The premium feel continues on the inside. Audi’s dual-screen infotainment system that debuted on the A8 saloon comes as standard on the Q8, as does the company’s sportier S Line trim level. This means drivers get a racing-inspired flat-bottomed steering wheel and a host of driving modes that improve either fuel economy, performance or comfort. 

Most drivers will probably leave the car in comfort mode on the road, but we found the economy setting delivered the most relaxing drive. This is because the setting slows throttle response, which is perfect for motorway cruising.

Handling is one of the Q8’s strongest areas. Although the SUV weighs over two tonnes, the Q8 feels just as nimble and stable as a four-door saloon. The car can feel a little large on country lanes, but it’s otherwise a breeze to drive in all manner of conditions.

Acceleration was far from lacking in our 50 TDI test car, but the turbo V6 diesel engine doesn’t quite have the sporty performance to justify its aggressive styling or responsive steering just yet.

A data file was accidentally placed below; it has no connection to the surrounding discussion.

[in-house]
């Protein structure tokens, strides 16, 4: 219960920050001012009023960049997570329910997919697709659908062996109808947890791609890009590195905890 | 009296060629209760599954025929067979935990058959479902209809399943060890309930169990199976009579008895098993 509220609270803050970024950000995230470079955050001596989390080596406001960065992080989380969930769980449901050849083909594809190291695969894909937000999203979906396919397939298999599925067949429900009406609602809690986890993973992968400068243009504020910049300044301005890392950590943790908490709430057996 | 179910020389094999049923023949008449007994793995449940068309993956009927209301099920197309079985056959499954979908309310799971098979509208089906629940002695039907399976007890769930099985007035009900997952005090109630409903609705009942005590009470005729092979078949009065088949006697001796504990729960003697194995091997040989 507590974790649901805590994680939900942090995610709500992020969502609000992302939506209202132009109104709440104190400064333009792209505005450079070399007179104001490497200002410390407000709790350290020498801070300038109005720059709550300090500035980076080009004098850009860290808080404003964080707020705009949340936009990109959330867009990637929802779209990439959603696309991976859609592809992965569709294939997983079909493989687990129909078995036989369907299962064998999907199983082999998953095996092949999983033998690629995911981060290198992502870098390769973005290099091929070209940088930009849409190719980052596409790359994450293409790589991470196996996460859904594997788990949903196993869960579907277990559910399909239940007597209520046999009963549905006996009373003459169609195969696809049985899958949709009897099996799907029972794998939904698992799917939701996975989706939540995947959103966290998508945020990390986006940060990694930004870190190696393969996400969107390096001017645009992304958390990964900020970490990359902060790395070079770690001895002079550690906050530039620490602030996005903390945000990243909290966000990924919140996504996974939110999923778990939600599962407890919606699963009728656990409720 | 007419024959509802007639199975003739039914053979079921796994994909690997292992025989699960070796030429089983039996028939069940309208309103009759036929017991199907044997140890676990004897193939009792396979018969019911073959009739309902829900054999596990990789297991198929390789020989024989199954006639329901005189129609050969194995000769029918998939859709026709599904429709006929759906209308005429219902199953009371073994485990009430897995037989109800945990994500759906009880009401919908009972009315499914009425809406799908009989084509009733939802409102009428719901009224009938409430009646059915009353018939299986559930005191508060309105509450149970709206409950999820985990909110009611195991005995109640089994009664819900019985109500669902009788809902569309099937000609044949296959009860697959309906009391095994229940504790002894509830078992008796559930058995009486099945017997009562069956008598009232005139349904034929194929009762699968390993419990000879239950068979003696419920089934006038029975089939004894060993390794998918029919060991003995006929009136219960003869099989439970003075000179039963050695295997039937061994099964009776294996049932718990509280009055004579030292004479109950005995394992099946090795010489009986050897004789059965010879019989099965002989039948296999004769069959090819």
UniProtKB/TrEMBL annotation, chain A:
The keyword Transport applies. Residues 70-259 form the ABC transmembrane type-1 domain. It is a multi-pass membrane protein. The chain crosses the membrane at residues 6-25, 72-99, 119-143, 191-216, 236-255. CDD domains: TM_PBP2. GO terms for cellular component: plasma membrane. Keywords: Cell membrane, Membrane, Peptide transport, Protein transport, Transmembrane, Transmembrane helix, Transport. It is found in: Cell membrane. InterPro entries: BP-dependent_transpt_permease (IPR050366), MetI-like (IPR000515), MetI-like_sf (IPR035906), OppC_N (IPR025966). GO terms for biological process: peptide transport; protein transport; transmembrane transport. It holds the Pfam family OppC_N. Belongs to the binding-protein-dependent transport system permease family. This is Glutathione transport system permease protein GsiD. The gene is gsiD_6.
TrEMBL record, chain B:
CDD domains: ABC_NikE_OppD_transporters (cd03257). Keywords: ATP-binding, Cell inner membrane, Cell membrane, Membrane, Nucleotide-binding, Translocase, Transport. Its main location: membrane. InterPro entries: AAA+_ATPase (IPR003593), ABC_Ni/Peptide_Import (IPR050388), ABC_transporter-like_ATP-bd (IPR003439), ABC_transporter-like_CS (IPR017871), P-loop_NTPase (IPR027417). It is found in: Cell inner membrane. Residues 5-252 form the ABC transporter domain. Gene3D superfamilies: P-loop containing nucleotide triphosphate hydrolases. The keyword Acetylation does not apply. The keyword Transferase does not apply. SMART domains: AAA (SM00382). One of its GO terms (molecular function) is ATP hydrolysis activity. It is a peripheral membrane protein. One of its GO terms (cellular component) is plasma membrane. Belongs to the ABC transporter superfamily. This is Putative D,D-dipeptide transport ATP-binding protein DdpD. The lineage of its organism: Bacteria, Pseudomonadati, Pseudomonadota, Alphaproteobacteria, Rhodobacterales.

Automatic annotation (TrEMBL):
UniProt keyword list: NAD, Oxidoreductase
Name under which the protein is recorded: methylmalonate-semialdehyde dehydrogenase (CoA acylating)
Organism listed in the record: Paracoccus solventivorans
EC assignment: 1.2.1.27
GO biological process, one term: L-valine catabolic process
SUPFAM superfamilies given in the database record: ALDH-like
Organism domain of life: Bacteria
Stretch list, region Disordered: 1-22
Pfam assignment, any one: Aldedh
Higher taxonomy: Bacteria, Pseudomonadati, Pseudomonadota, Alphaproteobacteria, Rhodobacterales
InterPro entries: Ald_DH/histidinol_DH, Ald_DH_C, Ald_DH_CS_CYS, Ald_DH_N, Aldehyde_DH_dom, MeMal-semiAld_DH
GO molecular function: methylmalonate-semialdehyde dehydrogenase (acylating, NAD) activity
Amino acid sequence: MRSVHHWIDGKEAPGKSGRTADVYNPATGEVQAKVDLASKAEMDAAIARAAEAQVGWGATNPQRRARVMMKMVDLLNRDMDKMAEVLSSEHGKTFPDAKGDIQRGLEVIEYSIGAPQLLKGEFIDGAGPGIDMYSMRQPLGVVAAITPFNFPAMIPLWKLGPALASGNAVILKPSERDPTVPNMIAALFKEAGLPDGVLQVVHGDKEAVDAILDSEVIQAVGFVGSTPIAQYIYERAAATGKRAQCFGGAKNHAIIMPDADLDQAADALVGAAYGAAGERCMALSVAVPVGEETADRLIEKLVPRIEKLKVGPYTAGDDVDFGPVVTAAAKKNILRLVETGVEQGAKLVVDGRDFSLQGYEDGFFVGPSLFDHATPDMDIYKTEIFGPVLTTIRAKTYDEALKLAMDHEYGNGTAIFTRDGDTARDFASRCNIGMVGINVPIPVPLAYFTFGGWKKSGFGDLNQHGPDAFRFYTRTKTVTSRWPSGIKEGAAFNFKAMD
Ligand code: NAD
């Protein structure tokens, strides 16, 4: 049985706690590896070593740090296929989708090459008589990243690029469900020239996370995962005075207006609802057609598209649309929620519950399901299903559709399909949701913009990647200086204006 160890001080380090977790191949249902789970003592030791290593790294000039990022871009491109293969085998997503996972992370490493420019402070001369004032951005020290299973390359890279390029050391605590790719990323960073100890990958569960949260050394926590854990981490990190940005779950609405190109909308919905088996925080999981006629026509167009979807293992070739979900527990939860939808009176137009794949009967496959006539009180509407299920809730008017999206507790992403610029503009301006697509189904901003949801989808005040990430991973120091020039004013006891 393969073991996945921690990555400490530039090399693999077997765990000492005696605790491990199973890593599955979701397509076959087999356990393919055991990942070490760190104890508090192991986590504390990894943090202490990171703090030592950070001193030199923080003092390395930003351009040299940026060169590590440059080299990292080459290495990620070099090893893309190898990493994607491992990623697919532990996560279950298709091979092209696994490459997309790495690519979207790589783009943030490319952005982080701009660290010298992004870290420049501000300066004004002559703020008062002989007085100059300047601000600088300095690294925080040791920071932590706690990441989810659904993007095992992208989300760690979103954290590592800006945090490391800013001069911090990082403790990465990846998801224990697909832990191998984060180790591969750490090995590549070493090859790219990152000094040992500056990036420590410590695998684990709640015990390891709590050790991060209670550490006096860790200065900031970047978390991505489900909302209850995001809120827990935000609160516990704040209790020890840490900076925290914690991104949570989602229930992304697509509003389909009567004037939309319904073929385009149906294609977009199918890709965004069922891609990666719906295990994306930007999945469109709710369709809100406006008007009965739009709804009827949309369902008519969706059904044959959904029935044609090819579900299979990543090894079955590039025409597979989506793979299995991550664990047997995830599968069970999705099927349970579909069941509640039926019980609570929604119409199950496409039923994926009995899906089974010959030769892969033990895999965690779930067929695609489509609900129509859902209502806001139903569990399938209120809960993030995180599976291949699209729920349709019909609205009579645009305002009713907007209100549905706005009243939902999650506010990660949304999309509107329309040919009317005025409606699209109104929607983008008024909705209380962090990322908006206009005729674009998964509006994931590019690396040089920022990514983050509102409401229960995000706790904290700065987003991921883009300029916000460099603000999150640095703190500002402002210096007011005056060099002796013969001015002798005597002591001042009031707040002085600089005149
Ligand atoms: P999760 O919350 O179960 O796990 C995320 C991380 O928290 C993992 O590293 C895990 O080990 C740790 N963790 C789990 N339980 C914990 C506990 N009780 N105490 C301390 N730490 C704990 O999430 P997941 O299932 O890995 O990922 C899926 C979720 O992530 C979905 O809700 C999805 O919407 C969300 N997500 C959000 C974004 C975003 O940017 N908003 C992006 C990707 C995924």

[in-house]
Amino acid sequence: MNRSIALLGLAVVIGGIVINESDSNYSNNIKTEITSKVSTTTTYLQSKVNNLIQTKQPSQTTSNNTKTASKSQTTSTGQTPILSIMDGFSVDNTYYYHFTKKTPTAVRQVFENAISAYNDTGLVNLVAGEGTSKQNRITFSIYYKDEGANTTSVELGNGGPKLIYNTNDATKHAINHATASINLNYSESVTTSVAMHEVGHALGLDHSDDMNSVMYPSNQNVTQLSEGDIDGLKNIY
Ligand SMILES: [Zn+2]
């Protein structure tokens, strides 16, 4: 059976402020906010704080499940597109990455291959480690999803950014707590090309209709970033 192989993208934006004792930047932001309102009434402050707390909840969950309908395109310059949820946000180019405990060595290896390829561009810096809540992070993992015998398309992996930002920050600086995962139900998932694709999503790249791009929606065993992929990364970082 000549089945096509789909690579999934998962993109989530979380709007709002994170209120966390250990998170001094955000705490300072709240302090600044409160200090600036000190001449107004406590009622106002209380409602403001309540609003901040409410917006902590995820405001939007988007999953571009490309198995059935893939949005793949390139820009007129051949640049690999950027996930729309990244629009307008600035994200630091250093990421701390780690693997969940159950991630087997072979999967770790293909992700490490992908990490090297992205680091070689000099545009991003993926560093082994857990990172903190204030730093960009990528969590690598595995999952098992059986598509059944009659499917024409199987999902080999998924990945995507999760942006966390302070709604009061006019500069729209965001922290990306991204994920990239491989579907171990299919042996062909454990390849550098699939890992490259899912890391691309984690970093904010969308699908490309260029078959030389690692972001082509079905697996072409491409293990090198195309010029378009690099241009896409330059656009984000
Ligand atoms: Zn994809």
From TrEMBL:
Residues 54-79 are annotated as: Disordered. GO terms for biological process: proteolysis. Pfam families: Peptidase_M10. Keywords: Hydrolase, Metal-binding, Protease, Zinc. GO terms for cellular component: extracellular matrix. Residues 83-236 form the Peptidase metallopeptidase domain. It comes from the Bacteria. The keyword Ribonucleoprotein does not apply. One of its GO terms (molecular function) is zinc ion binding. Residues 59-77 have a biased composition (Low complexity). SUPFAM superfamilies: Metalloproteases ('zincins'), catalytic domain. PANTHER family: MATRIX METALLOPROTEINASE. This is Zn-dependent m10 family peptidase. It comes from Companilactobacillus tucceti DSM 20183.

But Audi plans to launch more powerful engine options in the near future, and it’s expected that a hot SQ8 version will arrive later in the car’s lifecycle. 

Buyers seeking a versatile SUV with sporty looks and a luxurious cabin won’t need to look further than the Q8. But rivals such as the Q7 and Range Rover Sport offer bigger boots and come with lower price tags.

Audi Q8

The Q8 appears to be significantly more compact than the Q7 it’s based on, but the new car has an identical wheelbase to its sibling, according to Autocar. The Q8’s bodywork overhangs, however, are slightly shorter at the front and rear.  

Retaining the Q7’s wheelbase means the new car’s interior space is “nearly identical”, the magazine says, but the Q8 will only be available in a five-seat configuration (the Q7 has a seven-seater layout).